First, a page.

There can be a number of explanations for this, but technology undoubtedly plays a key role, according to Resolve’s Koornneef: “Shipping has become much safer because of technological improvements on vessels themselves but likewise in traffic control, positioning and communications, which assist in the identification and localization of potential issues.”
While salvors agree that the technological advances in the marine industry that improve seafarer and environmental safety are certainly a positive step forward, the transition to new technologies will come with some additional uncertainties. All of the technological improvements result in larger, more advanced marine assets capable of much greater cargo capacity. This reality, however, comes with its own associated risk. As bMC’s Leonard notes, “It’s generally accepted that as ships get larger and cargoes grow in value, the casualty complexity for larger-impact, lower-frequency incidents increases.”
Simply put, the total number of opportunities in salvage has decreased significantly while complexity has increased. Salvors are always planning for high consequence events and, while the frequency of response activities may be down, the activities themselves – and salvors’ responses – are no less remarkable.
In March of 2021, Phoenix International Holdings was tasked by the U.S. Navy to recover a downed MH-60S Seahawk helicopter in the Pacific. This required collaboration between Phoenix and the Navy’s Supervisor of Salvage & Diving (SUPSALV) and employed a combination of some of the most technologically advanced tools in the military and commercial marine industry. Utilizing the Navy’s deepwater AUV “Trondheim,” its deep ocean salvage ROV CURV 21 and its Fly Away Deep Ocean Salvage System (FADOSS), the units were deployed from the multipurpose construction vessel Grand Canyon II. The result was a record-breaking aircraft recovery from a depth of 19,075 feet.
Svitzer’s salvage arm has its own record of achievement with its Canada team successfully evacuating and extinguishing a burning passenger ferry before towing it to safety. Meanwhile, Svitzer Australia provided emergency assistance to the stricken vessel MV Portland Bay and facilitated its safe return to Port Botany. On the other side of the planet, Svitzer tugs successfully extinguished a fire on board the Almirante Storni in Sweden.
Not to be outdone, Donjon-Smit deployed a team of professionals to assess and assist in the refloat of the 1,100-foot Ever Forward after it ran hard aground while outbound of the Chesapeake Bay in March.
The Art of Salvage
The salvage industry is in a constant state of flux and paradigm shifts, and obligations multiply. Meanwhile, the higher speed and breadth of global communications coverage allows more transparency and critical oversight of the sector. Resulting ESG concerns have concurrently expanded the responsibility of salvors – from after-the-fact response operations to key roles in prevention and preparedness.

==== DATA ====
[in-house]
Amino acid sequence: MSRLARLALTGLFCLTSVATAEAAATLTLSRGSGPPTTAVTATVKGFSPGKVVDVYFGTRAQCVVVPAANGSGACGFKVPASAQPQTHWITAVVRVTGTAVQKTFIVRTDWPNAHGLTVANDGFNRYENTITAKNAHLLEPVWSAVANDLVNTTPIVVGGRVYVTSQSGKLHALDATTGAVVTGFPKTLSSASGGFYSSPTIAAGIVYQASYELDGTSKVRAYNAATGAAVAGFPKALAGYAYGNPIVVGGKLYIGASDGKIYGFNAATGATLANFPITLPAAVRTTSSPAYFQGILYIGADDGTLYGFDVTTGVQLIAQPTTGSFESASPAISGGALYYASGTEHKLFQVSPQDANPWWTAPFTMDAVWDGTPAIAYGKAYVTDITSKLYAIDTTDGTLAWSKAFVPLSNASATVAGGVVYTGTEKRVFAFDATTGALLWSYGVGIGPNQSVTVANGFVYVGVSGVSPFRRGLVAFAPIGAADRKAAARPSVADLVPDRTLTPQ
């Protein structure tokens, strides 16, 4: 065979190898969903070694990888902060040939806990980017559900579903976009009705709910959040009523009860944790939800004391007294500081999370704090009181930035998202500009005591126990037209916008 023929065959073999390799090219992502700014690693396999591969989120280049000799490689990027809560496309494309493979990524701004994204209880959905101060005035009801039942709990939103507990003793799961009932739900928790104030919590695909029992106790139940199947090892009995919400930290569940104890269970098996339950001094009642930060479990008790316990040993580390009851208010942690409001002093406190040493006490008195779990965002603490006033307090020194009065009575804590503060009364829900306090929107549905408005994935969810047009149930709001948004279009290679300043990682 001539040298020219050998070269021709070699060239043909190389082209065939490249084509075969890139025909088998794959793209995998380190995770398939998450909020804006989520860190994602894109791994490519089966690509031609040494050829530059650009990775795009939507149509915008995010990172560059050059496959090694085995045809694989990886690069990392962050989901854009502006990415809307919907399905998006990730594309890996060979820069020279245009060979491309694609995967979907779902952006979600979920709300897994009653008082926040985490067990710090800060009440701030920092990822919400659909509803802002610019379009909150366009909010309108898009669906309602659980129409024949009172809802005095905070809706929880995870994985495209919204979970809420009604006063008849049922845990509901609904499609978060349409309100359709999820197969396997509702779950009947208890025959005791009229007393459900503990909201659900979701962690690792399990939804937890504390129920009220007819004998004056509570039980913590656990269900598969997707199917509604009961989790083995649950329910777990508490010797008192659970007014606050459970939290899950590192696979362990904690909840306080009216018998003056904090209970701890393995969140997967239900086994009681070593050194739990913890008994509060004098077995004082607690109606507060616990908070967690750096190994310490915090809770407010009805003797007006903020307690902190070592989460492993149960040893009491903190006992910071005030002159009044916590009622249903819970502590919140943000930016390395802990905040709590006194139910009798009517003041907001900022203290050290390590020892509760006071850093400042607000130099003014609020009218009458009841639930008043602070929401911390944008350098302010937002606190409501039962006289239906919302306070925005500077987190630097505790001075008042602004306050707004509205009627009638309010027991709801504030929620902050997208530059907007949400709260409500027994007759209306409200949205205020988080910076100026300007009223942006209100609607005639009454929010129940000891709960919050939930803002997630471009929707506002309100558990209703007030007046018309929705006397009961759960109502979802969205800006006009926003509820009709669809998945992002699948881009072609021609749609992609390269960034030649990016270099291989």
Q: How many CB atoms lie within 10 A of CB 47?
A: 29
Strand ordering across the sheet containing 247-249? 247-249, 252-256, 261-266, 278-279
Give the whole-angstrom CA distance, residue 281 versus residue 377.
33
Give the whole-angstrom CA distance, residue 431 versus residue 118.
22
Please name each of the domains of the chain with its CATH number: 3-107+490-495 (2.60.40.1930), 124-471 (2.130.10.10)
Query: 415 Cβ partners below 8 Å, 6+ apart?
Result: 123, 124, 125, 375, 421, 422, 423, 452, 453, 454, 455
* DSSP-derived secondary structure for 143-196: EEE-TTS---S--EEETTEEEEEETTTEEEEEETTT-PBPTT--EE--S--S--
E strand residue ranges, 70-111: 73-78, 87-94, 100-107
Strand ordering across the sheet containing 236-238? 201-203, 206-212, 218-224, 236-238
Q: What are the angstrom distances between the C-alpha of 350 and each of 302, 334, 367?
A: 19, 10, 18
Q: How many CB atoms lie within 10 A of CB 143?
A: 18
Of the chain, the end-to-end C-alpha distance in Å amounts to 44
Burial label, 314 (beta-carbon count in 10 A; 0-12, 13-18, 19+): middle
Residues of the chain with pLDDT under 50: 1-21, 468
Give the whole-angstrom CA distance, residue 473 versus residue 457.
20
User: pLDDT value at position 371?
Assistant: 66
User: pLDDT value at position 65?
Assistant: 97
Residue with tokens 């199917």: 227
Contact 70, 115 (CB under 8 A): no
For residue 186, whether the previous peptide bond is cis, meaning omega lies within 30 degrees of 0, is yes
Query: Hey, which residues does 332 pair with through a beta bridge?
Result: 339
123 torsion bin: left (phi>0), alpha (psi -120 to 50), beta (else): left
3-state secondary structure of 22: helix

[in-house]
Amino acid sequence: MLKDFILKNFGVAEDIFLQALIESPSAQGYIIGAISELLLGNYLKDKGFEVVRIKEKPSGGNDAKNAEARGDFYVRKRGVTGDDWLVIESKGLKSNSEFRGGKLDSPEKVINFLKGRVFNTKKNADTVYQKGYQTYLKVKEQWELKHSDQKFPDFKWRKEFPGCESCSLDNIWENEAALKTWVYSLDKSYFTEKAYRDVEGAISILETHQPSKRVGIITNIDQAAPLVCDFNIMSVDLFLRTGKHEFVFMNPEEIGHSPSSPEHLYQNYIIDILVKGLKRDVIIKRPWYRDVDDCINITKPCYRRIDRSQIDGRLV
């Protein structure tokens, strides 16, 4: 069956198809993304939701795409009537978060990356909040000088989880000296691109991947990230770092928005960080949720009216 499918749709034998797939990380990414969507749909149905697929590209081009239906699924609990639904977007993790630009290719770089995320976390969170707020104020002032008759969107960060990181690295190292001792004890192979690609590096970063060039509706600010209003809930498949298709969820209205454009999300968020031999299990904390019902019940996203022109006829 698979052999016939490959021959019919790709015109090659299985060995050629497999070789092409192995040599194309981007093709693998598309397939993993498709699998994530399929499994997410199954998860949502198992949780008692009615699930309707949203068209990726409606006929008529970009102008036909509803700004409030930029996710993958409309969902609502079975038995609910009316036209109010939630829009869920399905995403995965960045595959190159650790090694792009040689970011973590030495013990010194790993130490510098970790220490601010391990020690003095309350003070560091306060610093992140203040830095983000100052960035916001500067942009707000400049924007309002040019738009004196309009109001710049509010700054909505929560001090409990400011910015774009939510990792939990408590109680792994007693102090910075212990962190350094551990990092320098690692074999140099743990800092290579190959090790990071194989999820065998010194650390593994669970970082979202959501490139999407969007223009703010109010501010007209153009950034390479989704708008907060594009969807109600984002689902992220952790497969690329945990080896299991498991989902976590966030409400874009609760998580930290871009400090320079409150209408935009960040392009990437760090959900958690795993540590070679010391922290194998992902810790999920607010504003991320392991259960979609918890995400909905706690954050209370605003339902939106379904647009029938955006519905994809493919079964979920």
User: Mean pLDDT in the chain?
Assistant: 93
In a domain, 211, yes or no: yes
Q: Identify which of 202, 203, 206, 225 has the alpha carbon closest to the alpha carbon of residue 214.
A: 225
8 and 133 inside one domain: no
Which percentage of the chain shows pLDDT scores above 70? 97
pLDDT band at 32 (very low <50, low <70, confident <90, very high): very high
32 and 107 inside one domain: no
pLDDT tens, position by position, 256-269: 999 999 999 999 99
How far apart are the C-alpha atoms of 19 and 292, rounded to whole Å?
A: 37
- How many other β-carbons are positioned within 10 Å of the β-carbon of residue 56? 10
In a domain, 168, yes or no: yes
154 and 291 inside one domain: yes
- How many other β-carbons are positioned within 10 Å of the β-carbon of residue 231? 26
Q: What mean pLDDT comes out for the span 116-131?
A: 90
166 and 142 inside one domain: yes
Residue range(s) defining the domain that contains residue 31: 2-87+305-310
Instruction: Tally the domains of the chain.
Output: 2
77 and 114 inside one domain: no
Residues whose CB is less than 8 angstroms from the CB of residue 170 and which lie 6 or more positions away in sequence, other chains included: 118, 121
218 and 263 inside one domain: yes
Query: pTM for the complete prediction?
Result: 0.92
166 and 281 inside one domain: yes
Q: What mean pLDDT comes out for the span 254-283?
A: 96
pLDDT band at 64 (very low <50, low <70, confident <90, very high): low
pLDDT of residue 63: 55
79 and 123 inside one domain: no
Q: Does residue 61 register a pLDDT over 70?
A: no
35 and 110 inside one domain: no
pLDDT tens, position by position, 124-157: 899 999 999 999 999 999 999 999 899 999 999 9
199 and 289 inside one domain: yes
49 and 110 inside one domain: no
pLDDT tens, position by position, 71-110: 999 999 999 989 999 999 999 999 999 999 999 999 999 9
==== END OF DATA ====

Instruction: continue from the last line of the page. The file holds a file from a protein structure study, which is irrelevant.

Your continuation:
With all this change, however, companies agree that fundamental salvage considerations cannot be an afterthought. With a new appreciation for a changing industry, it’s critical that all stakeholders understand the ramifications of failing to take effective risk-based decisions in a timely manner.
Leonard of bMC reflects on the sector’s unique position: “The art of salvage is to understand and address the critical uncertainties and to use what is already available, assess the critical risks, define the uncertainty and find the optimum approach between stakeholders. As we’ve proven time and again, keeping things simple and staying objectively focused leads to success.”
Casualties are by their very nature unexpected events, and each adds to the technical knowledge and understanding of salvors and the wider industry. For that reason, companies embrace the opportunity to be involved in virtually any area of the marine industry and all types of cases. “Every experience and lesson learned helps up prepare for the future, positive or negative,” states Witte, echoing a common faith in the growing strength of the industry’s collective, evolving pool of knowledge.
At the same time, salvors are addressing issues associated with ESG and other concerns. Resolve’s Koornneef notes that while a healthy respect for the fundamentals remains constant, safety and environmental preservation need to be paramount: “Teams, procedures, equipment, safety protocols – everything needs to be ready. Hesitation or failure to respond can have disastrous consequences. From our founding the intention has been – and continues to be – leaving the world in a better place.”
Industry consultant Chad Fuhrmann is a frequent contributor to The Maritime Executive. His company, RE|X, recently entered into a joint venture with Core Group Consulting in Houston.
The opinions expressed herein are the author's and not necessarily those of The Maritime Executive.